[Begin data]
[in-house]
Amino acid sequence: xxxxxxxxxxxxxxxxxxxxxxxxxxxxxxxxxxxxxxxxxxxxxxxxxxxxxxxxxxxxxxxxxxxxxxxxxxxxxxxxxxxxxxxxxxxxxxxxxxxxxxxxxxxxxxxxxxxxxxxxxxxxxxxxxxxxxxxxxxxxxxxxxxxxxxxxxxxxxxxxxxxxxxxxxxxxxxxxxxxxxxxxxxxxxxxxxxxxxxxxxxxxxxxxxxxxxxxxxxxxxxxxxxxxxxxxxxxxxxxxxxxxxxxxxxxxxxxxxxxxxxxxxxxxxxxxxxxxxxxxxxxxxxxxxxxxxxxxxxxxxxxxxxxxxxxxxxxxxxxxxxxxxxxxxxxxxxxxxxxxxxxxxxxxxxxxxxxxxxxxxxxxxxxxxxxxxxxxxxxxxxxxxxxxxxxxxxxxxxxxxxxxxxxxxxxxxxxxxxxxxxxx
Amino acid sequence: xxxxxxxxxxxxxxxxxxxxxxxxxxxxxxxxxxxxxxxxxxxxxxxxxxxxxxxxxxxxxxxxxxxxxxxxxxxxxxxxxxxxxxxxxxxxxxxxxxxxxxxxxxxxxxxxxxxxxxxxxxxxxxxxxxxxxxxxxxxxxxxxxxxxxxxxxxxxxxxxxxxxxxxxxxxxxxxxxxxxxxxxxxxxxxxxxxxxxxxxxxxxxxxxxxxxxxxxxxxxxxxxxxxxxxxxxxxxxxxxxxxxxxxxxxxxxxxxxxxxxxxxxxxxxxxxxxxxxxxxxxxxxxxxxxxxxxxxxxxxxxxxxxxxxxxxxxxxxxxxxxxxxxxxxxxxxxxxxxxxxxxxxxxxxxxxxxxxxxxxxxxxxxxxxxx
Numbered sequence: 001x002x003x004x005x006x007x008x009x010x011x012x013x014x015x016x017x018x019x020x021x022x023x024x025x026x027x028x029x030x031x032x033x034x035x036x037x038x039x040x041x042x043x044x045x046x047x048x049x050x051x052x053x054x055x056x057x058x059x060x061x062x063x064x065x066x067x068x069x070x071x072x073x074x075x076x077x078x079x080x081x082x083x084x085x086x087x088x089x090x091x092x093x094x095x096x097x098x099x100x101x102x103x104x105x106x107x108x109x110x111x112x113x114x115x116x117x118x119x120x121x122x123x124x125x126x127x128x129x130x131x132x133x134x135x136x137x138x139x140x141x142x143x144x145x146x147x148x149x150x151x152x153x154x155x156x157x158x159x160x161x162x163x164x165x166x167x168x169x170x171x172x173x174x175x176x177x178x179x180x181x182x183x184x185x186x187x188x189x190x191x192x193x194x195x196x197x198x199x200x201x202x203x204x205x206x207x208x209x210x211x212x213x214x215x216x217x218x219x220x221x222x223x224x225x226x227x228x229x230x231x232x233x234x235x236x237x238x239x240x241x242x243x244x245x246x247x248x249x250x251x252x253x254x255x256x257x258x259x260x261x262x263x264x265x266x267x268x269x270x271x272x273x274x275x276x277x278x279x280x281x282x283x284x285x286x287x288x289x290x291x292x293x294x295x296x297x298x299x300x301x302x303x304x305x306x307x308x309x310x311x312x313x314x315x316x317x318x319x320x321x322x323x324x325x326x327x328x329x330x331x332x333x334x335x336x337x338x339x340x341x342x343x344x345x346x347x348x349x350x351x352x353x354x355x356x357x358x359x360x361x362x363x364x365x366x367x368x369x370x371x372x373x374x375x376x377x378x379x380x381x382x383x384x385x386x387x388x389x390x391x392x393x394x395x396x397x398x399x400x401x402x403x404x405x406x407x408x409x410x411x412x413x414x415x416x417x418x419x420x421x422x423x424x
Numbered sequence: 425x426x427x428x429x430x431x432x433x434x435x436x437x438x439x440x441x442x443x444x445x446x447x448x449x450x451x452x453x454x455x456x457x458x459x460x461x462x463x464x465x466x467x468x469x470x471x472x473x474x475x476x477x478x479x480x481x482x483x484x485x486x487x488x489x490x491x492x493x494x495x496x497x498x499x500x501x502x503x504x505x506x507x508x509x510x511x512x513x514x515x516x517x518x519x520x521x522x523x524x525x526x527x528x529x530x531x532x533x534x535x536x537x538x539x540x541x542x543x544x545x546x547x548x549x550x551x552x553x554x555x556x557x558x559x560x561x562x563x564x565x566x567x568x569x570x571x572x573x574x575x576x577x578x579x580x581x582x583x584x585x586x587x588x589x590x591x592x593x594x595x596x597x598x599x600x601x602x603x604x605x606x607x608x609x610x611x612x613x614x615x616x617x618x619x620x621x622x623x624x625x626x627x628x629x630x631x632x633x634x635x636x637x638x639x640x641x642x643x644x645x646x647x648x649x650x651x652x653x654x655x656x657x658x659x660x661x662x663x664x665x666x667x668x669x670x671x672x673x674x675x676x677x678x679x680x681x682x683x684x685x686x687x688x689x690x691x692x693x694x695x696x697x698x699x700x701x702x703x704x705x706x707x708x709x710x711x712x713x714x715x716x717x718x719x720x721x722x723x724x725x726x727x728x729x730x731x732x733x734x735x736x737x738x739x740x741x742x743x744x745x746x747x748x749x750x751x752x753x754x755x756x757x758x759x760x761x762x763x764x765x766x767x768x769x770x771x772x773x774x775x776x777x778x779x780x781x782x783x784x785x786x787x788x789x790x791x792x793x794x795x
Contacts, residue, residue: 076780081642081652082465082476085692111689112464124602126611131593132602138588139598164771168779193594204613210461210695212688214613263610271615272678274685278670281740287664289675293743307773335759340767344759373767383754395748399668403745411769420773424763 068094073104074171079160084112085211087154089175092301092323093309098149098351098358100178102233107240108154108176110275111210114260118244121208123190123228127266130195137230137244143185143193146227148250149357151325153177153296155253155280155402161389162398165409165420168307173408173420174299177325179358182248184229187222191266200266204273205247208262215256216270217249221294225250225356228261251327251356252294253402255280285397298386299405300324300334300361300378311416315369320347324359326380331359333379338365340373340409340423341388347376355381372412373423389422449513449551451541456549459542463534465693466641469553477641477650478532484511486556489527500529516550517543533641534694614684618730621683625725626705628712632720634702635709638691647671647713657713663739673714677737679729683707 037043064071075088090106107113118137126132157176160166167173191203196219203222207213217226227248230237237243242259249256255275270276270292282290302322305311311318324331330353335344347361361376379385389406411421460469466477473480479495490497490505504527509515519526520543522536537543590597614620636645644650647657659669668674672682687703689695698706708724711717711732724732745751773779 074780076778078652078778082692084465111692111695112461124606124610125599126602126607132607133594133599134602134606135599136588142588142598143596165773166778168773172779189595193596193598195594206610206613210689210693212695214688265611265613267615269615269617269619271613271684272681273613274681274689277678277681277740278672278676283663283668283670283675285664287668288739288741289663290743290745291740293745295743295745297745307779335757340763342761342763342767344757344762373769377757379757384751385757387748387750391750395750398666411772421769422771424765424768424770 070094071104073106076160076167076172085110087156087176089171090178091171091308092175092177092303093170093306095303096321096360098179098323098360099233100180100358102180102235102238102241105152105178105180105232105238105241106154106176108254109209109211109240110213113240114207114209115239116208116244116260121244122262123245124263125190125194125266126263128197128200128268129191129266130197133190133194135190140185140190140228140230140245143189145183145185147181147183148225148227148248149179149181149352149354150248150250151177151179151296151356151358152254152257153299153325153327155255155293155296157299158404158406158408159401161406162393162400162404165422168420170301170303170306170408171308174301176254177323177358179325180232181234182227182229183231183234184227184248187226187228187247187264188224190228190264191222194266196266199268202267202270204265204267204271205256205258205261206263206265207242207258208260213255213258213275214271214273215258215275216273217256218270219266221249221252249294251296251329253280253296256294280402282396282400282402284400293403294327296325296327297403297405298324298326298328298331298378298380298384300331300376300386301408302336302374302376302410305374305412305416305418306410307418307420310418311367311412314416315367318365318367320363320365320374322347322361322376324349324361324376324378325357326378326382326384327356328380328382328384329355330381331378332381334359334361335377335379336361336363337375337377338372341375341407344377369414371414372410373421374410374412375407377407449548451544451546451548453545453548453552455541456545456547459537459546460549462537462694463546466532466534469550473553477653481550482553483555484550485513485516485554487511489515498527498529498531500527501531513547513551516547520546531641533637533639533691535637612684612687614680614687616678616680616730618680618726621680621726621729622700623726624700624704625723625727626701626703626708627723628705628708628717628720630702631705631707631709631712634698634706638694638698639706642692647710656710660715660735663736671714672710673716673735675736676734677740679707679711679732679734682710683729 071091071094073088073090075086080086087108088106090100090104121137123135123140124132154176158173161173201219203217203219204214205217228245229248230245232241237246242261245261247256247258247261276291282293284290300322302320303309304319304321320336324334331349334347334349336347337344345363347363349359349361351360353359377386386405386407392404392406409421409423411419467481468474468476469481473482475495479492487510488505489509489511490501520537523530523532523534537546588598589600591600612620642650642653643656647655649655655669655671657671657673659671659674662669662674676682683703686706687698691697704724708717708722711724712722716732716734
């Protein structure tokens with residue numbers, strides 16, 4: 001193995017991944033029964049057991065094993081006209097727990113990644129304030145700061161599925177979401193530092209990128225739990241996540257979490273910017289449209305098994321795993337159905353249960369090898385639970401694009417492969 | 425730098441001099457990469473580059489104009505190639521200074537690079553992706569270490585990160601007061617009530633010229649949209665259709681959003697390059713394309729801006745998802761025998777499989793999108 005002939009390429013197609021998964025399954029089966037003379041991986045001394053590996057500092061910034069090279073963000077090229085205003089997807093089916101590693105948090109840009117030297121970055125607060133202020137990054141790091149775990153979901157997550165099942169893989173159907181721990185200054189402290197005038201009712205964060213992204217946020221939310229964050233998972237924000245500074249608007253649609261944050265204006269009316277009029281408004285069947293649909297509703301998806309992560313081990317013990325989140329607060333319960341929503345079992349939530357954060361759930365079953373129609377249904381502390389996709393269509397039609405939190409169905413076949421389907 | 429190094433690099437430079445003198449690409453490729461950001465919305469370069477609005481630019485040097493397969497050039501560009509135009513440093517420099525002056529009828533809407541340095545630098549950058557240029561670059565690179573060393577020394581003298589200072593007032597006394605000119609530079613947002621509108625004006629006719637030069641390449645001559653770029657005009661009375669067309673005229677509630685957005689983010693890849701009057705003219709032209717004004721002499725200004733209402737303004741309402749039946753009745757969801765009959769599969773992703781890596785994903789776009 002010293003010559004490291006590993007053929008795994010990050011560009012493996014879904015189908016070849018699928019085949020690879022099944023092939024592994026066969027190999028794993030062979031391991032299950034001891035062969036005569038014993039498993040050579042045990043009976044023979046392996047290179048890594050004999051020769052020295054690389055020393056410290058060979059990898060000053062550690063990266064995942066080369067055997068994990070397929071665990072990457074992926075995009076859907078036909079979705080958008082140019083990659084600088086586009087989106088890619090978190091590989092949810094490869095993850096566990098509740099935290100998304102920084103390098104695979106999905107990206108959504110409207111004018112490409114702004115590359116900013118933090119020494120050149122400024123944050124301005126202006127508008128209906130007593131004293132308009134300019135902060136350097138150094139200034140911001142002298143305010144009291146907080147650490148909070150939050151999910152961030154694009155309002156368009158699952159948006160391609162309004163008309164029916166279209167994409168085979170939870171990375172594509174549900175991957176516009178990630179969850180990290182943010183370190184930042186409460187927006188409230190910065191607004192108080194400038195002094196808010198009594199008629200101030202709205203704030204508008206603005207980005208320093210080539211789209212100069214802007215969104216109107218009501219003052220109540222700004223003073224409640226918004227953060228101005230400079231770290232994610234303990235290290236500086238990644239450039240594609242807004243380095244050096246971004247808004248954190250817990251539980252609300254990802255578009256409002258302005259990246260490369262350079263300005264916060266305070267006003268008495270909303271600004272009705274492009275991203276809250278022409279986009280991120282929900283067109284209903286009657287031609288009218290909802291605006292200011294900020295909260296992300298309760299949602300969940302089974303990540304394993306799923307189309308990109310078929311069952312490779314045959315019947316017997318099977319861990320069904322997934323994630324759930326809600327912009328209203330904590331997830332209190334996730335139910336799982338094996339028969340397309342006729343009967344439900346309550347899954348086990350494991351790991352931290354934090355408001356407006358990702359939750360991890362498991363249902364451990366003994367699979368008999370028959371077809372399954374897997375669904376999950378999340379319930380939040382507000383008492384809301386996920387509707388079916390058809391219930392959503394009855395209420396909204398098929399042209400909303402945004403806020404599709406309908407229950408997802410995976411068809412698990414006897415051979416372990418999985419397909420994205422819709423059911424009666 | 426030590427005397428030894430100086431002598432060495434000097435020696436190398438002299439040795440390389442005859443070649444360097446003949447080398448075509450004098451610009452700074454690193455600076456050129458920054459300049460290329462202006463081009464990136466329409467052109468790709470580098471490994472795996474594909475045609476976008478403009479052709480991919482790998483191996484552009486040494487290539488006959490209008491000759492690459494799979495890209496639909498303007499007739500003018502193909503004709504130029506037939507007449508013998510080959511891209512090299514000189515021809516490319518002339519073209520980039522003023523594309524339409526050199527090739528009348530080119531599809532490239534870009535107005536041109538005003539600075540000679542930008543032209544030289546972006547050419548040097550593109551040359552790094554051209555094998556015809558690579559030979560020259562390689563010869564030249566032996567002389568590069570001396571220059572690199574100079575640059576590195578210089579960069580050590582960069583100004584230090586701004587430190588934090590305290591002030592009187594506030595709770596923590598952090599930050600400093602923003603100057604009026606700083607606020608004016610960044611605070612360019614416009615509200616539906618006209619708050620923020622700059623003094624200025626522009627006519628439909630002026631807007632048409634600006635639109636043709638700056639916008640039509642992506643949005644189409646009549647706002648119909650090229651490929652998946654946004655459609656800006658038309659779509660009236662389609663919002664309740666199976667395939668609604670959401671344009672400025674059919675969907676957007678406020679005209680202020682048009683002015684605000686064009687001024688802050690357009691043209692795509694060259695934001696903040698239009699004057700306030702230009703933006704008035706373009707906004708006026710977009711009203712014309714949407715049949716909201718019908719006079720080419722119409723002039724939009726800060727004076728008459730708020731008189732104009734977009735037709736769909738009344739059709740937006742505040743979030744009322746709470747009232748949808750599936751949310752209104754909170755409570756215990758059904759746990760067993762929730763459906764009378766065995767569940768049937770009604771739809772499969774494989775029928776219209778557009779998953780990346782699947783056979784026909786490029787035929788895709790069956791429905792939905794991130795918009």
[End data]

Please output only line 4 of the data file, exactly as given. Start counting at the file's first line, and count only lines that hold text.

Numbered sequence: 001x002x003x004x005x006x007x008x009x010x011x012x013x014x015x016x017x018x019x020x021x022x023x024x025x026x027x028x029x030x031x032x033x034x035x036x037x038x039x040x041x042x043x044x045x046x047x048x049x050x051x052x053x054x055x056x057x058x059x060x061x062x063x064x065x066x067x068x069x070x071x072x073x074x075x076x077x078x079x080x081x082x083x084x085x086x087x088x089x090x091x092x093x094x095x096x097x098x099x100x101x102x103x104x105x106x107x108x109x110x111x112x113x114x115x116x117x118x119x120x121x122x123x124x125x126x127x128x129x130x131x132x133x134x135x136x137x138x139x140x141x142x143x144x145x146x147x148x149x150x151x152x153x154x155x156x157x158x159x160x161x162x163x164x165x166x167x168x169x170x171x172x173x174x175x176x177x178x179x180x181x182x183x184x185x186x187x188x189x190x191x192x193x194x195x196x197x198x199x200x201x202x203x204x205x206x207x208x209x210x211x212x213x214x215x216x217x218x219x220x221x222x223x224x225x226x227x228x229x230x231x232x233x234x235x236x237x238x239x240x241x242x243x244x245x246x247x248x249x250x251x252x253x254x255x256x257x258x259x260x261x262x263x264x265x266x267x268x269x270x271x272x273x274x275x276x277x278x279x280x281x282x283x284x285x286x287x288x289x290x291x292x293x294x295x296x297x298x299x300x301x302x303x304x305x306x307x308x309x310x311x312x313x314x315x316x317x318x319x320x321x322x323x324x325x326x327x328x329x330x331x332x333x334x335x336x337x338x339x340x341x342x343x344x345x346x347x348x349x350x351x352x353x354x355x356x357x358x359x360x361x362x363x364x365x366x367x368x369x370x371x372x373x374x375x376x377x378x379x380x381x382x383x384x385x386x387x388x389x390x391x392x393x394x395x396x397x398x399x400x401x402x403x404x405x406x407x408x409x410x411x412x413x414x415x416x417x418x419x420x421x422x423x424x